“So that’s where we started. We set up monitor wedges on the floor, open mics, loud guitars, and a monitor console, and they each had their own mix, just like they were onstage, while tracking the initial rhythm tracks. That’s how we got all our stuff down. That album was a huge chunk of our lives. It took us a year, and in the middle of it, Dime and Vinnie’s mom passed from cancer.”
What did your advisory role involve for the reissues?
“It was heavy when I first thought about it, but somebody had to speak for Dime and Vinnie. Kim Zide-Davis [Concrete Management] called and said, 'We’re going to need you to weigh in.' It’s a lot to be asked to speak for two musical giants who are no longer here, but at the same time, I thought, 'Of course I can do this. I spent at least half my life, if not more, with these guys. We knew each other so well that we finished each other’s sentences. Of course I can make them proud.'
“I started getting the mixes around July or August . The liner notes, artwork, and packaging were done, and all that was left was remixes and remasters.
“Here’s the interesting part of all of this. Me, Phil, Rex, and management were getting files and putting in our two cents on the takes – ‘Can you add more reverb,’ ‘I think Dime and Vinnie would do it this way,’ things like that.
“Mine and Phil’s mix notes were spot-on with each other, and we had not spoken. That’s how in sync we all still are with the sound of Pantera, even though Dime’s been gone almost 16 years and Vinnie’s been gone for over two years. It was oddly satisfying in an eerie, 'gives you chills' kind of way.”
How would you describe Dime’s approach to recording?
“Most of the time, Dime would stand to record, unless there was an intricate part where he had to concentrate on string awareness and right hand work.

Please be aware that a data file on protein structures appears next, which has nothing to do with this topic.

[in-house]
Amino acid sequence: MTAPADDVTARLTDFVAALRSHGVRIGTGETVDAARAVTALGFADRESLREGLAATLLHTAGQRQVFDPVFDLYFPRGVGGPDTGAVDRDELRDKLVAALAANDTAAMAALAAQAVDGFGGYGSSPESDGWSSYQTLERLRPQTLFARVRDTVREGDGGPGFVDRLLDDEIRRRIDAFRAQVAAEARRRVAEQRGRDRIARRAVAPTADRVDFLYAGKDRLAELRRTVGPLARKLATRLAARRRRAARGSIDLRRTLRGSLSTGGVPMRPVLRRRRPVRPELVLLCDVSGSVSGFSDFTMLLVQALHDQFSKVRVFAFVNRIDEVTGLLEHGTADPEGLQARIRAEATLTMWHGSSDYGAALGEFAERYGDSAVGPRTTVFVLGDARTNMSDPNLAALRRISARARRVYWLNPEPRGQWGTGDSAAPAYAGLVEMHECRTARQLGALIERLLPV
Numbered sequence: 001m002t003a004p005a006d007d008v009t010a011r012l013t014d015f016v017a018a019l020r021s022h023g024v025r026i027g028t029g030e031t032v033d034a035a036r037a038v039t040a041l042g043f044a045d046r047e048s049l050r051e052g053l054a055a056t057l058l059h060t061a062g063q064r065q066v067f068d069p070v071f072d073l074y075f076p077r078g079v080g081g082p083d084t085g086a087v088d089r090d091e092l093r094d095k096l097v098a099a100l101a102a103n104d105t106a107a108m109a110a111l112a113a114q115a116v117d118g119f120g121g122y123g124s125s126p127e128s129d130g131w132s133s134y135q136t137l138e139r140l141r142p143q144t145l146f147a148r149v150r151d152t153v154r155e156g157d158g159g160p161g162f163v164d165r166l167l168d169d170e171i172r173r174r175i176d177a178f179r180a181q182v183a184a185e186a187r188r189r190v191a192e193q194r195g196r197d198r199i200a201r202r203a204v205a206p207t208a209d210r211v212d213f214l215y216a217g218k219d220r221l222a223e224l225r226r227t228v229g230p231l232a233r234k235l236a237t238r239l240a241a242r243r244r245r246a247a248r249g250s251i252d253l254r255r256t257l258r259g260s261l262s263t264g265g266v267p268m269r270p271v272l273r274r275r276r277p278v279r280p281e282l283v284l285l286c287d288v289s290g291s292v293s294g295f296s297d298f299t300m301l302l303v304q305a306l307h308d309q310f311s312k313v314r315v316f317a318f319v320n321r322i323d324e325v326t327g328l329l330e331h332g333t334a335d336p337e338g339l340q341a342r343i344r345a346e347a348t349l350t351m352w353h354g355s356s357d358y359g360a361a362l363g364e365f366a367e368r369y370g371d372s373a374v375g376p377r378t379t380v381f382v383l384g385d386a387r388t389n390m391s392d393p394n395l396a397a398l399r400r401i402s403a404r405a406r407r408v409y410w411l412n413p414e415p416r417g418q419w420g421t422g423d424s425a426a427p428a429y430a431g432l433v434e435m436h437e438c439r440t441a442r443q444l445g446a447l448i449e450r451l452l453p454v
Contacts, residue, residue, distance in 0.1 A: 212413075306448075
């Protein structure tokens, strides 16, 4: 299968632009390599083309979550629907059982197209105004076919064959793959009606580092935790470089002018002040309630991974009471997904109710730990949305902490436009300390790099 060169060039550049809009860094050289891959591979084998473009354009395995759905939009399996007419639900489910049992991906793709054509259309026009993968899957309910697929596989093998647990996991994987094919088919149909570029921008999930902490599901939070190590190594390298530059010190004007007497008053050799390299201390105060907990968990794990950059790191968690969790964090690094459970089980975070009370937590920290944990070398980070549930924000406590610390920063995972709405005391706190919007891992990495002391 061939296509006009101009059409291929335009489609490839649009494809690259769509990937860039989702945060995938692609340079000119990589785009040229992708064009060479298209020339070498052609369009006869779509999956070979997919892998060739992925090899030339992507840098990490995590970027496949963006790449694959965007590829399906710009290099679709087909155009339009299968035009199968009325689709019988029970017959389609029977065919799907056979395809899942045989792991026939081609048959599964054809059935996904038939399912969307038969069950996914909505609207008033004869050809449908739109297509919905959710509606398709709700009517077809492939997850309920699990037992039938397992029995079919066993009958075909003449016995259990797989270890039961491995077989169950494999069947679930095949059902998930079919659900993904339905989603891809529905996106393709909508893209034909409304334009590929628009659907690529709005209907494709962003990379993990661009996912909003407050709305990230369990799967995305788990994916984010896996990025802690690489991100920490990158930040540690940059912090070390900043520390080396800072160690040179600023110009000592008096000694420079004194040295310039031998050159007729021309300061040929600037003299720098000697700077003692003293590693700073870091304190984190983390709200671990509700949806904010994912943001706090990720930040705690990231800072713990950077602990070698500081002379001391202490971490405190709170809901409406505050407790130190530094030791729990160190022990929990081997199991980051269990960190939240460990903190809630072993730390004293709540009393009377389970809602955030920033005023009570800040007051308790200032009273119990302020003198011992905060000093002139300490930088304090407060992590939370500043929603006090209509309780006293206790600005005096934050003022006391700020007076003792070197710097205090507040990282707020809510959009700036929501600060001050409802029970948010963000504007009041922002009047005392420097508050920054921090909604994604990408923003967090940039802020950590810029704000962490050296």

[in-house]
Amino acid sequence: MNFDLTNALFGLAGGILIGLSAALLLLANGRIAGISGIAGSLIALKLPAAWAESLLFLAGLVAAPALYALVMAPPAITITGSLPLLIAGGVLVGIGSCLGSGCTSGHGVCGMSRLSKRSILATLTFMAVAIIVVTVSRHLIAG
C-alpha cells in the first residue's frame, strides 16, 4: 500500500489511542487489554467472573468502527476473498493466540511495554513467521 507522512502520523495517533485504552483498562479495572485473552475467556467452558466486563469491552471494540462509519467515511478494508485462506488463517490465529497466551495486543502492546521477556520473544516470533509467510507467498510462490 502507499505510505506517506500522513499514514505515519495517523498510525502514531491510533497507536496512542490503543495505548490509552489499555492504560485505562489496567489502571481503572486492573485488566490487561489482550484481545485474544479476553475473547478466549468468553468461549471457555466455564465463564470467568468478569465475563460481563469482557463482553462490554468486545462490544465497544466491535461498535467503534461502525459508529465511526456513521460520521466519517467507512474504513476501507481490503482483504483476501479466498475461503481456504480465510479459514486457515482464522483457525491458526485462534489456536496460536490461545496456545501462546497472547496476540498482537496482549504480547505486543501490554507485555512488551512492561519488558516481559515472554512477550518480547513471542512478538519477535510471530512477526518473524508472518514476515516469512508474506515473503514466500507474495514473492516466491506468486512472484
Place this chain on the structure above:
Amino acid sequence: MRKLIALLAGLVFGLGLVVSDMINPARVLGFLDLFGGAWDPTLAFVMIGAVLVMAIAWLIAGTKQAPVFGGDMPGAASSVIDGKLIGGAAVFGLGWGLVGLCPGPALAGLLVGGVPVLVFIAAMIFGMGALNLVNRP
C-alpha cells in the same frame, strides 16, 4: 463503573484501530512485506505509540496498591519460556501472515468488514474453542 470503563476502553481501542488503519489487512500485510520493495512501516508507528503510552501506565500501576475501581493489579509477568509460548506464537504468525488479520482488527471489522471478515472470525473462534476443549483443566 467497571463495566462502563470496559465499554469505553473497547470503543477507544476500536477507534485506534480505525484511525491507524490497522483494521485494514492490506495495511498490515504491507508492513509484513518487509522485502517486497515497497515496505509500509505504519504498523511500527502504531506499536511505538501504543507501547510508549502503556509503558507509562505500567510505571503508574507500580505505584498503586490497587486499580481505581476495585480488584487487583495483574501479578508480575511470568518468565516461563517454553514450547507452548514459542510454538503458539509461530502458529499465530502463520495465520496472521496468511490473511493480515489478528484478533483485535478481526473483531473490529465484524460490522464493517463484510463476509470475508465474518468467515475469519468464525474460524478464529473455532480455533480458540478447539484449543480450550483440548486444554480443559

“His tones had everything to do with the way he played. It was straight to the source. Engineering trickery comes in when you have people who can’t play their parts. That’s where the smoke and mirrors come in. We didn’t need that with Dime.
“Getting a good tone out of a good player is easy. You just put a mic on it and go. It is that simple. Dime was a huge testament to that, in that every note came from his hands.”
What was his rig on Reinventing The Steel?
“His main guitars were a Washburn Solid Korina Wood ML, his favorite Washburn Dime Slime ML, his Washburn Southern Cross ML, a couple of Washburn Korean stock black ML’s, and a custom-made Washburn Black ML baritone scale, which he used specifically on It Makes Them Disappear.
“The Korina was custom-made specifically for him to track rhythm guitars before they ran out of that wood. It went extinct in the 1990s, I think. Other than it being made out of Korina, it had a stop tailpiece, which was unusual for Dime, but when you’re tracking rhythm guitars for ten to twelve hours a day and you can’t get the damn floating tremolo to stay in tune, it will drive everyone bananas!
“The Dime Slime was one of the ones he played live a lot. It’s in a bunch of the home videos.
“The Southern Cross was another one he had made as a tribute to Tony Iommi. It is also a stop tailpiece.
“The Korean models were always badass out of the box. Washburn would send them to his house by the pallet for him to sign for giveaways. He would go through every one of them, and if there were a couple that were just ready to kill straight out of the case, he would keep them.
“The Baritone ML was another custom job. I think it was more of a curiosity thing because we had never dealt with a baritone scale for anything Pantera. I think it worked out well on that particular song.
“When I tell people that all we ever had on any of his cabinets was a Shure SM58 right at the speaker, on axis, their jaws drop. A Randall RG100 with a 58 about an inch away from the cloth – that was his rig, with a Furman PQ4, an MXR Flanger/Doubler, and an MXR EQ pedal. A wah, a [DigiTech] Whammy, and you’ve got Dime. That was his sound. That’s what he loved.
“Tracking him was always great, always fun, and technically very simple. When we were doing rhythm, he liked the sound of the Sony MCI 500, an old console from the 1970s. MCI was bought out by Sony sometime in the 1980s, I think.
“Before that, they just called it the MCI JH 500. We had about eight of these preamps torn out of our old MCI 500 when we changed the console over in the studio. We had them custom-modified and put in a box by Jason Chamley, who is also no longer with us. He was an electronics genius and did a lot of cool stuff for us. He was one of the reasons we named the studio Chasin’ Jason.”
What did you learn from working with Dime?